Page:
00 5/13/2009 1:26 PM



DAY 3 IN ISRAEL:
THE POPE VISITS BETHLEHEM
IN PALESTINIAN TERRITORY



The papal convoy passes through the Isareli security wall into Bethlehem as the Pope began a day devoted to the Palestinian Territories.



President Mahmoud Abbas welcomed the Pope in official rites held at hiw Bethlehem presidential residence.




Pope Benedict XVI endorses
independent Palestinian state
and empathizes with suffering

by DIAA HADIDMOHAMMED DARAGHMEH



BETHLEHEM, West Bank (AP) — Standing in the cradle of Christianity, Pope Benedict XVI told Palestinians on Wednesday that he understands their suffering and offered his strongest public backing yet for an independent Palestinian state.

To get to Jesus's traditional birthplace of Bethlehem, Benedict had to cross through towering concrete slabs, part of a separation barrier Israel has erected to wall off the West Bank's Palestinian areas.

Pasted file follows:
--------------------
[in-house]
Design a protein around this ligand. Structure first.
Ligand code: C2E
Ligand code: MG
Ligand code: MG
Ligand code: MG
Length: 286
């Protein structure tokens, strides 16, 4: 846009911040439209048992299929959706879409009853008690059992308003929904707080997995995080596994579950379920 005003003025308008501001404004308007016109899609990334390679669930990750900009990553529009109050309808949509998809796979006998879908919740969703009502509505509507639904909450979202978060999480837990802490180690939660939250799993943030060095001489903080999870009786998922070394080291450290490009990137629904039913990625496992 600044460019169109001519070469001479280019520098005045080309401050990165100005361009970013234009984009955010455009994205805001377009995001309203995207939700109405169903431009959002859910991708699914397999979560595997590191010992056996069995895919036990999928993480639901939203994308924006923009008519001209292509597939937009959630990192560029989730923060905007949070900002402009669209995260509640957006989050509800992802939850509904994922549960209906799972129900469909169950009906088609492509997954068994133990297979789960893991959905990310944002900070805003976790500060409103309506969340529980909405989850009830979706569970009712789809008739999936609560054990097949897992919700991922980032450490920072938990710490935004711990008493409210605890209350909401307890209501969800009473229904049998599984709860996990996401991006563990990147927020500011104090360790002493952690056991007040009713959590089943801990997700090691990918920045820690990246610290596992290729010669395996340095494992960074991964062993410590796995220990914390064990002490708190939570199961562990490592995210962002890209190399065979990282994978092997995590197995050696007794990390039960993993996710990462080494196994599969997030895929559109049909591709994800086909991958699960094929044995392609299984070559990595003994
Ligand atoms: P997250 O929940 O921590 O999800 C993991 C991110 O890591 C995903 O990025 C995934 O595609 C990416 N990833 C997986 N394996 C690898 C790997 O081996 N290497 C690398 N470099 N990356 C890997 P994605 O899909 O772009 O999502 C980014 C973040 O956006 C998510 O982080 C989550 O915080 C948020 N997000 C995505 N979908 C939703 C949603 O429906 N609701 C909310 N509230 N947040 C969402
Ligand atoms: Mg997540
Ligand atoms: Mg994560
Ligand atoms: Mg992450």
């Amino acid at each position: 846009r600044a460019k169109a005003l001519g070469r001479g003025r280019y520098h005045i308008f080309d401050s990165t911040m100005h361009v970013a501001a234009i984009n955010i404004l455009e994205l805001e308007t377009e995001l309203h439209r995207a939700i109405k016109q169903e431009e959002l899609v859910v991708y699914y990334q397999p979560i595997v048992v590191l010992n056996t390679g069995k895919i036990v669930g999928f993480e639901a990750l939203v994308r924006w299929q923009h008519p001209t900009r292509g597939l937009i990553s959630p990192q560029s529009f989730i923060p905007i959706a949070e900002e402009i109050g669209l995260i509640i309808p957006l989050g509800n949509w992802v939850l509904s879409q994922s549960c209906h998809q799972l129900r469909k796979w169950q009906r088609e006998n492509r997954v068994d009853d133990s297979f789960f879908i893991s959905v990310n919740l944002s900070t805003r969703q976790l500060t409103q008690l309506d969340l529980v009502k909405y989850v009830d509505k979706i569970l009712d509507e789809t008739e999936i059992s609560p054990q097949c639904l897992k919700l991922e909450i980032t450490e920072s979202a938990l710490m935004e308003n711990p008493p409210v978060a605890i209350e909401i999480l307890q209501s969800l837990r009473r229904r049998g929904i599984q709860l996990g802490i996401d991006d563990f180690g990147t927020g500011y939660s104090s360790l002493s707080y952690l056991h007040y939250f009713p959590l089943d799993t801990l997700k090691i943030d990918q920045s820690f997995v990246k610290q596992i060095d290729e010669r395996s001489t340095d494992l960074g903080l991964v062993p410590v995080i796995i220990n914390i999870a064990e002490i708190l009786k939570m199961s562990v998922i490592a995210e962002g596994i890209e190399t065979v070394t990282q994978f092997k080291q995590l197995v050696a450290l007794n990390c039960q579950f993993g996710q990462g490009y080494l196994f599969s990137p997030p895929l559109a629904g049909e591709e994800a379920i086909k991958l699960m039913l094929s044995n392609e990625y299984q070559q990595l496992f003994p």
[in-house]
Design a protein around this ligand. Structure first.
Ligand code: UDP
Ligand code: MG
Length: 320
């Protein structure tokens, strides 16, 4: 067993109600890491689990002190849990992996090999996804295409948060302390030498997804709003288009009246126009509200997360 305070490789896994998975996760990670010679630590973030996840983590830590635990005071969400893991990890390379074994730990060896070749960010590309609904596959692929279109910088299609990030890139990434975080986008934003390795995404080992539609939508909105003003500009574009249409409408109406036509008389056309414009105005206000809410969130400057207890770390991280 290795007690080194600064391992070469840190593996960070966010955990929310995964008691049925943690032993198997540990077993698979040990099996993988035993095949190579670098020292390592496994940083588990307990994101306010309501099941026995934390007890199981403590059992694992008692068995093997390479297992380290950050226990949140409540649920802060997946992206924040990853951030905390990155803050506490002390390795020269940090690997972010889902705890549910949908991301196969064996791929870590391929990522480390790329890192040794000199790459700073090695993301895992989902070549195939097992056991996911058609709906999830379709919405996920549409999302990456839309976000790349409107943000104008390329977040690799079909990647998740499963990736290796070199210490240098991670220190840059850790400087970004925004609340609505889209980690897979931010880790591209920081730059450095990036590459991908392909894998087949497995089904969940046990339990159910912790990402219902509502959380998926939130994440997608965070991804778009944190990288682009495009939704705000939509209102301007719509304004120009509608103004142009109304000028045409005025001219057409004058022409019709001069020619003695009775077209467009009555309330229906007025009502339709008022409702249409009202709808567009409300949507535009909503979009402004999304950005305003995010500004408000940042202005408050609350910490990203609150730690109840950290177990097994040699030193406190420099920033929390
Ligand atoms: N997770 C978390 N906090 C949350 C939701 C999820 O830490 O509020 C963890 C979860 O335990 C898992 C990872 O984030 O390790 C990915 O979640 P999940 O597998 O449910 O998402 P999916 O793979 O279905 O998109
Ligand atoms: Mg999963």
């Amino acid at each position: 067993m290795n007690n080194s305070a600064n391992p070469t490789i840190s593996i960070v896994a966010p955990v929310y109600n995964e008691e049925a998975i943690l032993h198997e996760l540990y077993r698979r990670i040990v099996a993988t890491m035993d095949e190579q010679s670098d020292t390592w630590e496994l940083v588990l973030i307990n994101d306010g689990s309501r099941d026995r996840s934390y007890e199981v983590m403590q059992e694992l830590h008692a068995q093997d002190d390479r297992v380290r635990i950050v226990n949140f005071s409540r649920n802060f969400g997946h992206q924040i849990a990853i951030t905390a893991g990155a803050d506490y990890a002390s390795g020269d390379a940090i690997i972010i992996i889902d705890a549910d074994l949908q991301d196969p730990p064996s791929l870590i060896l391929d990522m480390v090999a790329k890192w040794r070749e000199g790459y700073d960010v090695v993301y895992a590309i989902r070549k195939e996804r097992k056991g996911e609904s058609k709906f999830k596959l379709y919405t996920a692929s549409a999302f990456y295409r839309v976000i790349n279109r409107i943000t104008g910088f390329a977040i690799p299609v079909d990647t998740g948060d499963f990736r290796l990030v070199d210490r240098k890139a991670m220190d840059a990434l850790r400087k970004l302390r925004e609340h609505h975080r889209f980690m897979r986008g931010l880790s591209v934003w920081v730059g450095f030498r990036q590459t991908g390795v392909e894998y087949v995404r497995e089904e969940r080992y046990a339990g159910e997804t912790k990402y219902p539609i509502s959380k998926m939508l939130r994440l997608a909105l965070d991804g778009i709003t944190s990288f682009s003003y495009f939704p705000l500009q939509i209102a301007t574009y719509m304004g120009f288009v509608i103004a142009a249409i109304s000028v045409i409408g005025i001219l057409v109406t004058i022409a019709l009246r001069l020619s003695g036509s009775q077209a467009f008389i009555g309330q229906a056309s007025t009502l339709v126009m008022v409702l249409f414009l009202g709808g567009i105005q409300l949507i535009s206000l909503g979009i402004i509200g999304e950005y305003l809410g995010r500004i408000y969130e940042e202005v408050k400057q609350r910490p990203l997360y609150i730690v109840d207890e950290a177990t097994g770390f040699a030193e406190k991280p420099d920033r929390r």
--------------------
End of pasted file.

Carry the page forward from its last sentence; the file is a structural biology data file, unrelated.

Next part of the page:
"Mr. President, the Holy See supports the right of your people to a sovereign Palestinian homeland in the land of your forefathers, secure and at peace with its neighbors, within internationally recognized borders," the Pontiff said upon his arrival, standing alongside Palestinian President Mahmoud Abbas.

It was the third day of Benedict's Holy Land pilgrimage meant largely to boost interfaith relations. But so far, it has been fraught with political land mines.

Israelis have criticized the German-born Pope for failing to adequately express remorse for the Holocaust, while the Palestinians are pressing him to draw attention to the difficult conditions of life under Israeli rule.

The Pope also called for a Palestinian homeland when he arrived in Israel on Monday for the five-day visit. [The reports should mention that he has always done so - in all his statements about the Middle East. It is not as if he is only saying this on the occasion of this visit!]

Israeli Prime Minister Benjamin Netanyahu, who was in the audience, says Palestinians are not ready to rule themselves and he has resisted international pressure to endorse the idea of a Palestinian state alongside Israel.

In Bethlehem, Benedict delivered a special message of solidarity to the 1.4 million Palestinians isolated in the Hamas-ruled Gaza Strip. He has no plans to visit Gaza.